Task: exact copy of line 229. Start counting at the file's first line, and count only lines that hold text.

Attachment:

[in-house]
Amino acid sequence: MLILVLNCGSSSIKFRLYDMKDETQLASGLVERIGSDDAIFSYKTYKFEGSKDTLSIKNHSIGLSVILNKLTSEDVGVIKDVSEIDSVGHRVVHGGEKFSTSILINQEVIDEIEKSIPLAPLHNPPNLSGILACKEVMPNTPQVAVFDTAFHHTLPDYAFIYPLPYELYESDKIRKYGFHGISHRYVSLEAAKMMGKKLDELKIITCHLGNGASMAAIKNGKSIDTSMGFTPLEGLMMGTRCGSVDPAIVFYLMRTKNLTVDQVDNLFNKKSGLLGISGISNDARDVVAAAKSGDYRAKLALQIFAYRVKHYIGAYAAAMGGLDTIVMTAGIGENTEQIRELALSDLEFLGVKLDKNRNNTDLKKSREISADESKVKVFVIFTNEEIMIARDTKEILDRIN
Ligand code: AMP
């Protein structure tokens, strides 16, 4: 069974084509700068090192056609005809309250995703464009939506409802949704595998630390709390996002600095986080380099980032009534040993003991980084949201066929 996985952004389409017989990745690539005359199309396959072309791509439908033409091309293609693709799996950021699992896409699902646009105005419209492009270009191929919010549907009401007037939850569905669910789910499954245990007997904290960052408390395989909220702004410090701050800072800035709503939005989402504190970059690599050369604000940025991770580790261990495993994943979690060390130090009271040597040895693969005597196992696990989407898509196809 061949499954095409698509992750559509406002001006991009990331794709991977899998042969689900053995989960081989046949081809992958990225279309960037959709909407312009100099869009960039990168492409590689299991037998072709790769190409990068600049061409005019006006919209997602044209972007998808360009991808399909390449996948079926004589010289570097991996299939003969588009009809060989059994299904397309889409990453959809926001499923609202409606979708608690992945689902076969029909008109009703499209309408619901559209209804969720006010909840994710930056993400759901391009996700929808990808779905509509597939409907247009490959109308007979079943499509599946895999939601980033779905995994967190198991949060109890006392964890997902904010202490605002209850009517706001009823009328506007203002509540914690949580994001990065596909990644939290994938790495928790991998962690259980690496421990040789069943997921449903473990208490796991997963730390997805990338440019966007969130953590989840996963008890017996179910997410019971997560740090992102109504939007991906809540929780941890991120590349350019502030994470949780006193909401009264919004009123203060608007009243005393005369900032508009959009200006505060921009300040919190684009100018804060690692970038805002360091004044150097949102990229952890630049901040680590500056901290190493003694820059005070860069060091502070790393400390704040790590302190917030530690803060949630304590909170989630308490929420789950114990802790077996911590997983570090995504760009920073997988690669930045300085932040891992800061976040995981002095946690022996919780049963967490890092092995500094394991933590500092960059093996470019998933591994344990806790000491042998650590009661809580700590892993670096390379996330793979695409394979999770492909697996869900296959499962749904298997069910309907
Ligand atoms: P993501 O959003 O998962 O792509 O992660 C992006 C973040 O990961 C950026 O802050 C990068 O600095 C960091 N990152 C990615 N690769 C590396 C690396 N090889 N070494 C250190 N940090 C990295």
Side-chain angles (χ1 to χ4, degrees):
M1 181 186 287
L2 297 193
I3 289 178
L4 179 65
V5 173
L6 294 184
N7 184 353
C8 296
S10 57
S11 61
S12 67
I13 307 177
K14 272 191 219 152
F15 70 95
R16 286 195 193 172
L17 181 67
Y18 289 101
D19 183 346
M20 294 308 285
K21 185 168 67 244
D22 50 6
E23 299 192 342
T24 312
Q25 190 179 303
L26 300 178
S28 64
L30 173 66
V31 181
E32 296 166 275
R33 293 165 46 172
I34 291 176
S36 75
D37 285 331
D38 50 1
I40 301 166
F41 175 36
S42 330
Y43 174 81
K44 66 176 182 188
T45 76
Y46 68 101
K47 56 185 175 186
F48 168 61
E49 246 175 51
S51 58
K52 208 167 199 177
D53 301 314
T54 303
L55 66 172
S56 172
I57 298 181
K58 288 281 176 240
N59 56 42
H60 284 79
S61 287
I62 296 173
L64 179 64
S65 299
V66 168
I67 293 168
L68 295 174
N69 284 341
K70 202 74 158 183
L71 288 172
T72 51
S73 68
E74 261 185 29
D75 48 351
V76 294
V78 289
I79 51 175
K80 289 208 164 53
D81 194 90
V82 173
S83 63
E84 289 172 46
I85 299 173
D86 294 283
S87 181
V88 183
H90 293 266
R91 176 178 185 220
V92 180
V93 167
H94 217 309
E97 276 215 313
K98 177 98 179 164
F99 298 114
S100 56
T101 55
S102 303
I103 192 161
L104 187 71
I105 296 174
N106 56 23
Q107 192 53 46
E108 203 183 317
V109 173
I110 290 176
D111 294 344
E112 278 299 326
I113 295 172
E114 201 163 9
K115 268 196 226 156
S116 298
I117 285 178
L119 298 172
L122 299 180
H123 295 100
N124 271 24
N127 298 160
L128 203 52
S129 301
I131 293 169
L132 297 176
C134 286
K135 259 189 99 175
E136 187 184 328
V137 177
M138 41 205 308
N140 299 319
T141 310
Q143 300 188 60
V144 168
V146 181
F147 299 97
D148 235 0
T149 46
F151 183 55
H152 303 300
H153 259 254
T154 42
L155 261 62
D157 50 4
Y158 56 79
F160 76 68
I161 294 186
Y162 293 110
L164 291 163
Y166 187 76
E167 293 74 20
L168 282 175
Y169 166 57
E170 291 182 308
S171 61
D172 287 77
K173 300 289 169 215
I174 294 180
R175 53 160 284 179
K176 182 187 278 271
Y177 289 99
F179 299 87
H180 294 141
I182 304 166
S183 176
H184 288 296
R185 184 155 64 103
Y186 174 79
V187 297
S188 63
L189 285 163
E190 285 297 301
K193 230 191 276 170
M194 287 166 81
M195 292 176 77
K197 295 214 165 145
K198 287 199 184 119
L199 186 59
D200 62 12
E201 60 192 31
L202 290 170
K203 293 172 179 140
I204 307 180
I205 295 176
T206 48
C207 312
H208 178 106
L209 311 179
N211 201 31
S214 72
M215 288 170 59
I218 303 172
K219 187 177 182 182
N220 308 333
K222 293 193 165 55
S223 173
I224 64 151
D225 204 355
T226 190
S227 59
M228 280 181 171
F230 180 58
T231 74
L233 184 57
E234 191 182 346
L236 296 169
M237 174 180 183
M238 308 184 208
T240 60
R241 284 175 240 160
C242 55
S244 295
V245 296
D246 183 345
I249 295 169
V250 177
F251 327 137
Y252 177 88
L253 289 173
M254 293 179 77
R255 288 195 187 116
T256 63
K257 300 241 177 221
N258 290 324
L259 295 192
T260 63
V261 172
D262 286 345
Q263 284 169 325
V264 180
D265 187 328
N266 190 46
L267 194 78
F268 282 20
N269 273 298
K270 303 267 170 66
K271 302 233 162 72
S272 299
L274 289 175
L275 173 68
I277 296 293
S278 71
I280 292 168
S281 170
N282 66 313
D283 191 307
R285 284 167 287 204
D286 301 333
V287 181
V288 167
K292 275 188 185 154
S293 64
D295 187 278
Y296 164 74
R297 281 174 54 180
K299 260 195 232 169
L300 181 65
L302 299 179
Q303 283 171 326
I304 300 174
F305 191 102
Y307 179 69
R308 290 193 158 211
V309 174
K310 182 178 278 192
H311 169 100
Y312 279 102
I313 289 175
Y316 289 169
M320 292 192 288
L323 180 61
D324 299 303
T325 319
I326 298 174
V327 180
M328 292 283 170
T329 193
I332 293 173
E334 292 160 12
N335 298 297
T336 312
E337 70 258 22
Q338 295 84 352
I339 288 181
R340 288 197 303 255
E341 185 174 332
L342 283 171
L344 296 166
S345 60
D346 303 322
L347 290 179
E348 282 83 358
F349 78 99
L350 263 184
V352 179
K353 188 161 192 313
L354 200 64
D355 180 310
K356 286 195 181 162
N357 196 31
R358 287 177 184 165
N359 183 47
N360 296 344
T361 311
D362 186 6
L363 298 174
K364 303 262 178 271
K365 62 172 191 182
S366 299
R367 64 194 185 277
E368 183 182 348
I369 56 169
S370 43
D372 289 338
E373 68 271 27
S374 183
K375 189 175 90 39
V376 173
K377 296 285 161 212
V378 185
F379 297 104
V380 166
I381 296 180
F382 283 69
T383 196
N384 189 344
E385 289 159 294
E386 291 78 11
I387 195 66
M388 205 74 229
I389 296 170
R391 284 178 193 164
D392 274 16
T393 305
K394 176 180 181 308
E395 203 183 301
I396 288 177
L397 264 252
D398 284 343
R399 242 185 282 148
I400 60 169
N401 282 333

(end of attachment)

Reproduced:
L267 194 78